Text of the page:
Weirdly enough, the only thing Tyrion was skeptical about was Griff’s plan to marry Daenerys and rule Westeros together. Tyrion believed Aegon had a greater claim to the throne and didn’t need to marry Daenerys at all.
This sounds somewhat familiar, right? After all, Jon Snow, who was confirmed to be Aegon in Game of Thrones, seemed to find his match with Daenerys and it was assumed that he could just marry her and share the throne after it was revealed they were related. More on that later.
And so, under Tyrion’s guidance, Young Griff heads back to Westeros, knowingly introduced as Aegon VI. The Golden Company, a group of sellswords, swore fealty to him and his cause to take the Iron Throne. It’s not long before the news of Aegon’s alleged survival reaches King’s Landing.
Will the real Aegon please stand up?
Young Griff might be parading around as Aegon, but most fans aren’t buying what he’s selling. He's often referred to as fAegon (short for "fake Aegon") in discussions online and between "A Song of Ice and Fire" readers.
In fact, there’s speculation that he’s not Aegon at all, but a member of House Blackfyre — an offshoot of House Targaryen founded by Daemon Blackfyre, the legitimized bastard of King Aegon IV — pretending to be a Targaryen. Why else would Young Griff want to marry Daenerys?
What’s more, the Blackfyre crest was that of a three-headed dragon. That harkens back to Daenerys’ vision in The House of the Undying, where she overhears Rhaegar say, “There must be one more. The dragon has three heads.”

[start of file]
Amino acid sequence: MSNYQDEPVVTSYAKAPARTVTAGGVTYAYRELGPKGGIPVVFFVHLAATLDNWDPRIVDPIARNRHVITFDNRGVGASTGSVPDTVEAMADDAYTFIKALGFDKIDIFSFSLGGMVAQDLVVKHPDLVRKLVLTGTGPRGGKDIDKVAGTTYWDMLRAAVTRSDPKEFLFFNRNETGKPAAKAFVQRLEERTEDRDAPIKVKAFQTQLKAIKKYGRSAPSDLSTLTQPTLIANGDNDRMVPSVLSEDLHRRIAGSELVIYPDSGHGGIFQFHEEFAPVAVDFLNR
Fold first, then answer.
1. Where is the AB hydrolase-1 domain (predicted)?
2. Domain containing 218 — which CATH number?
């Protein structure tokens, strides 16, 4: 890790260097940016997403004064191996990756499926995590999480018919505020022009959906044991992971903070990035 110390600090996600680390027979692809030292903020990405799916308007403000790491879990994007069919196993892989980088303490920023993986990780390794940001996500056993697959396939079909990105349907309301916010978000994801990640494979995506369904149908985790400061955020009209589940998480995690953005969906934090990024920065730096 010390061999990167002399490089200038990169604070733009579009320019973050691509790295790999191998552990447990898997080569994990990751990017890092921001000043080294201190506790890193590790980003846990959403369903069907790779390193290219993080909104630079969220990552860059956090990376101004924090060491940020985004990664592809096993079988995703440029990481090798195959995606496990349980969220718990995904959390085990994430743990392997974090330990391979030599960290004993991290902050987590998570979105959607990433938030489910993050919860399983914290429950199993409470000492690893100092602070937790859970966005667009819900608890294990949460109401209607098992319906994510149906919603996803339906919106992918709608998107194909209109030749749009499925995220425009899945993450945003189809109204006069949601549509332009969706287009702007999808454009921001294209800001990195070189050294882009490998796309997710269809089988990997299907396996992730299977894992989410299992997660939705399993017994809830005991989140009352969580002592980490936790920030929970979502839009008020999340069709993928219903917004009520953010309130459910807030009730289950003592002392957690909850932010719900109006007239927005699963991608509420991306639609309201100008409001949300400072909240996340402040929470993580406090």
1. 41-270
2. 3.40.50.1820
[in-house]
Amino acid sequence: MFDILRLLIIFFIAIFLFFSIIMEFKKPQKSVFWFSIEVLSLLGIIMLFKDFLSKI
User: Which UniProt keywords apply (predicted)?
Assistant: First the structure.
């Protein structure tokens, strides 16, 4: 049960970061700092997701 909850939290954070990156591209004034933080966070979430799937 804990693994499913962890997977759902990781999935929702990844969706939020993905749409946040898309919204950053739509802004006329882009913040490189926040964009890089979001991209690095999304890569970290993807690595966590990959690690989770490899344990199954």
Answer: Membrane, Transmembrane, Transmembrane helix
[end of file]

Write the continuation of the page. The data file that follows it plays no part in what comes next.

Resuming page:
Of course, that leads right back to Jon Snow, the Aegon of Game of Thrones. In George R.R. Martin’s books, it’s already established that Rhaegar abandoned Elia shortly after Aegon’s birth and left with Lyanna Stark. However, while the author has yet to reveal if their union produced an heir, we know that Jon was born near the end of Robert’s Rebellion, and it’s really not hard to do the math.
All that said, The Winds of Winter may finally reveal the true identity of Aegon. Will it be Jon Snow or Young Griff? It’s a safe bet that it’s the former. It’s incredibly hard to believe that Young Griff is anything more than an Aegon imposter, considering the suspicious way he popped back into the story. But even if he is really Aegon, the idea that there’s “one more” could still mean that Jon is also a contender for the Iron Throne.
If you recall, Maester Aemon wasn’t all that convinced that baby Aegon was the Prince That Was Promised, and it’s possible that Rhaegar eventually came to believe that too. Perhaps that’s why he ran off with Lyanna, knowing that Elia could no longer bear children. It’s even possible Rhaegar named both sons Aegon, just in case only one turned out to be the Prince That Was Promised.
Of course, Jon Snow is still dead in The Winds of Winter and it’s unclear whether he’ll be resurrected by Melisandre at all. Knowing how much the world of A Song of Ice and Fire relies on prophecy, it’s possible he will be brought back just in time to be revealed as the real Aegon Targaryen. Maybe he’ll even fight Young Griff for the throne if he’s unwilling to drop his claim.
How Martin will proceed with Aegon’s story remains to be seen, but he’s certainly planted enough seeds of doubt to create confusion. That can only last for so long though, and The Winds of Winter should finally put the mystery of Aegon’s identity to rest.